AFTER: “[Republicans] succeeded in getting Sotomayor to distance herself from Obama's wish for justices who have ‘empathy’ and his belief that ‘what is in a judge's heart’ should influence rulings. Under GOP questioning, she rejected the belief of some liberals that the Constitution is a ‘living’ document whose meaning changes over time, and that foreign law should be used in deciding cases.  Those responses established clear issues for Republicans to confront any future high-court nominee by Obama and could complicate his search for liberal candidates.” (GOP sets stage for future court battles, Associated Press, 7/17/09)


BEFORE: “[The President’s] goal of a nominee with ‘empathy’ has already sparked a battle with Republicans and others who say the Supreme Court should concern itself with judicial philosophy, not social outcomes.” (Obama wants court pick to have 'empathy', Washington Times, 5/02/09)

AFTER: “‘Empathy’ is Obama's effort to find a new label free of the baggage that might be carried by the old labels, but it just didn't work,’ said Larry Kramer, dean of Stanford Law School.” (‘Empathy’ Takes a Knock in Confirmation Hearings, Wall Street Journal, 7/20/09)


BEFORE  “Opening statements showed that Sotomayor will have to answer not only for her own record but for President Obama's desire for a jurist with ‘empathy.” (Toughest grilling still to come for Sotomayor, USA Today, 7/14/09)

AFTER:  “Sonia Sotomayor has started to sound more like the sort of nominee we would have expected from a President McCain than a President Obama.... It is almost as if she and her White House handlers believe that a more forthright explication of a liberal judicial philosophy -- a philosophy like that articulated in her speeches and defended by the president -- would pose an obstacle to her confirmation... If a Senate with sixty Democrats would be wary of confirming an overt and unapologetic liberal... does this mean there is little political support for a progressive constitutional vision?” (The Sotomayor Hearings, Day Three, Washington Post, Jonathan Adler, Case Western Reserve law professor, 7/15/09)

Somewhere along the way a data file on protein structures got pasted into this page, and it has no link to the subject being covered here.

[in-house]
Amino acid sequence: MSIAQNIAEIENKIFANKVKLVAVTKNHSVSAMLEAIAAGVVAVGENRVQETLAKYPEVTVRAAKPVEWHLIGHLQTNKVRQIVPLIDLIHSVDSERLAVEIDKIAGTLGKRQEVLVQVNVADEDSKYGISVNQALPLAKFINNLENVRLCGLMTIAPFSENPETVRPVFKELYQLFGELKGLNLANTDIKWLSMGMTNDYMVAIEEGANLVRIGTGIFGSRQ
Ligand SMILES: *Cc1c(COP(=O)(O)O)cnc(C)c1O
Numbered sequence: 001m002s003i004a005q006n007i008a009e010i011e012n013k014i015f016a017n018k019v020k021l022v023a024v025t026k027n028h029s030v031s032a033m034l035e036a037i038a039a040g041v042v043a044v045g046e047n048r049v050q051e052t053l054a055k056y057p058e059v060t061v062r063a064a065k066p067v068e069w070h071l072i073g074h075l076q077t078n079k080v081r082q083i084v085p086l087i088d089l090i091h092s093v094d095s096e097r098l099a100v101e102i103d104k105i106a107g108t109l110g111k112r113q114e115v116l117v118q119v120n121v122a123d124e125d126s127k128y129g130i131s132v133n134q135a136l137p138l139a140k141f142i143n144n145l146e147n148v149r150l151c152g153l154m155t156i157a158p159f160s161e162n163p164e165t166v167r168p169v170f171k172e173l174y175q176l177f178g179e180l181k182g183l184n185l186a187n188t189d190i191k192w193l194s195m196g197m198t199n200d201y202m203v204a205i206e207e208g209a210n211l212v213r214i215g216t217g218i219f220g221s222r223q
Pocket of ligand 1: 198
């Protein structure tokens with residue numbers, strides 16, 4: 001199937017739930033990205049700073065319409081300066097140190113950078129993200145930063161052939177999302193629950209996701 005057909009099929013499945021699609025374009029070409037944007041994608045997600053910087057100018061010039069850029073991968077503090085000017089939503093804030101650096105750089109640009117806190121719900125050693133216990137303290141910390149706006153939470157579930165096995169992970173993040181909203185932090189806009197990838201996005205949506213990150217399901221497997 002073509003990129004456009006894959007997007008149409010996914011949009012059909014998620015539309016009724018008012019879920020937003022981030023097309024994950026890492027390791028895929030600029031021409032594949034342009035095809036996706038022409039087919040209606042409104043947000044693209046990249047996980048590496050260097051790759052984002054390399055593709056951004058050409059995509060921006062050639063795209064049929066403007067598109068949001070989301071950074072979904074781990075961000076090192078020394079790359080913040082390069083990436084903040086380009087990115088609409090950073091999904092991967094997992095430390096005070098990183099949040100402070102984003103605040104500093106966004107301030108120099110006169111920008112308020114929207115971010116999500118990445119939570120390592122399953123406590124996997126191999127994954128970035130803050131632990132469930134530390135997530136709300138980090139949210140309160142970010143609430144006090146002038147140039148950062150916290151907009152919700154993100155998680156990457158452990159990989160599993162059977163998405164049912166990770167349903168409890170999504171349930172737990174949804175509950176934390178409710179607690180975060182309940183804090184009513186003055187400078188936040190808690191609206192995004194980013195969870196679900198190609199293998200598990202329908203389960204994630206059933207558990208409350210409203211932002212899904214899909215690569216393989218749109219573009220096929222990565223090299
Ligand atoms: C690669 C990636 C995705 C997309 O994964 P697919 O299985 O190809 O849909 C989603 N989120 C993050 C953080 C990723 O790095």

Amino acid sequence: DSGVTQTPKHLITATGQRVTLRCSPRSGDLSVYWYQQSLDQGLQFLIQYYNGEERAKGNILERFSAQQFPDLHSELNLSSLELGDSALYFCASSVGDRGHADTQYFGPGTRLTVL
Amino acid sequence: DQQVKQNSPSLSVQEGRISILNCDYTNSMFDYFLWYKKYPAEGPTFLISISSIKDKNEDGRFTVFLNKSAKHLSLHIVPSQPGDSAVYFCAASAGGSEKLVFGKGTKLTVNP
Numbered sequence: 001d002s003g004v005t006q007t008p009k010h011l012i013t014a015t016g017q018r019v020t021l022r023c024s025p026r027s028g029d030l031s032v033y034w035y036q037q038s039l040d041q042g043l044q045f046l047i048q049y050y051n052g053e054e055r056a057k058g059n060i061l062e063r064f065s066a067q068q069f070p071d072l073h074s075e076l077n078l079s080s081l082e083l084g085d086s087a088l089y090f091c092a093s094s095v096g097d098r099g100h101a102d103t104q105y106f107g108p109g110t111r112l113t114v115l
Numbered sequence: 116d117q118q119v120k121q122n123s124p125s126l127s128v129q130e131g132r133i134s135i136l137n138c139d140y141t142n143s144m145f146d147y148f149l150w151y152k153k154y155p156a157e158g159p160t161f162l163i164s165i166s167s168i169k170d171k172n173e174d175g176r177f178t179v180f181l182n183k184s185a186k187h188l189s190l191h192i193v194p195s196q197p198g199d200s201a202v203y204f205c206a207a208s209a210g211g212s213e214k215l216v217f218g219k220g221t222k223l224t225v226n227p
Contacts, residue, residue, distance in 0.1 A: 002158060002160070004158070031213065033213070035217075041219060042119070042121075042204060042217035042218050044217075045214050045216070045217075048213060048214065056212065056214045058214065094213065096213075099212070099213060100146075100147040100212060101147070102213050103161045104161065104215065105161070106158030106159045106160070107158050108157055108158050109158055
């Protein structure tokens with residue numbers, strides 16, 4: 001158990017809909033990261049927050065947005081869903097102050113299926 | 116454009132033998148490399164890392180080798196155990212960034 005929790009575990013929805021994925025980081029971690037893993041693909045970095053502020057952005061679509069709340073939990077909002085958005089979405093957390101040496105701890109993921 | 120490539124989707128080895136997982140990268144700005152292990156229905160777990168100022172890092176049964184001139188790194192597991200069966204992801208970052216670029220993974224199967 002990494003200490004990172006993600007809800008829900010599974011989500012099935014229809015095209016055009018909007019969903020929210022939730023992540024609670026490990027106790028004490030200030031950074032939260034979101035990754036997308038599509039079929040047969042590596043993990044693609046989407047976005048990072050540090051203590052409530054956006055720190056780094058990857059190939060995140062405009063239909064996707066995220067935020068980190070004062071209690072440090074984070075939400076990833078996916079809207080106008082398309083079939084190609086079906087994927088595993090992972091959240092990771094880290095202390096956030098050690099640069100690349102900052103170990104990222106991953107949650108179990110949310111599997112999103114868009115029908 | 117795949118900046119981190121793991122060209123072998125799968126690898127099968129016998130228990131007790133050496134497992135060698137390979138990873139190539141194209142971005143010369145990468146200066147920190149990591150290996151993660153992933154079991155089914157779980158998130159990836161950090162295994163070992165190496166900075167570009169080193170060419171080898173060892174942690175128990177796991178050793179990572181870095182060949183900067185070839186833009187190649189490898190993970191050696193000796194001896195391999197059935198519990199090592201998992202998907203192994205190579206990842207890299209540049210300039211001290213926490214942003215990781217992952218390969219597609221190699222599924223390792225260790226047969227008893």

BEFORE: “That quality — Obama calls it empathy — is a huge factor in picking a successor to retiring Justice David Souter.” (Obama: Empathy Key Quality In Supreme Court Pick, Associated Press, 5/23/09)

AFTER: “The White House declined to address Judge Sotomayor's comments on empathy.’” (‘Empathy’ Takes a Knock in Confirmation Hearings, Wall Street Journal, 7/20/09)


BEFORE: “Liberal groups argued that the Democratic Party's majority in the Senate, which is nearly large enough to overcome any obstacles set by Republicans, gives Obama far more latitude than most presidents in making his choice. ‘If there was ever an opportunity for Obama to make a bold statement, this is the time,’ Stanford law professor Pamela Karlan said.” (Obama calls 'empathy' key to Supreme Court pick, Los Angeles Times, 5/02/2009)

AFTER: “The hearings ‘did serious damage to the cause of progressive thought in constitutional law,’ said Geoffrey R. Stone, a University of Chicago Law School professor who was dean there when Obama joined its faculty. Doug Kendall, president of the Constitutional Accountability Center, a liberal think tank, called them ‘a totally missed opportunity… The progressive legal project hit rock bottom [last] week.’” (Little for Liberals in Confirmation Hearings, Washington Post, 7/19/09)

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Garrett Murch

Garrett Murch is a writer and a former aide to Sen. Olympia Snowe.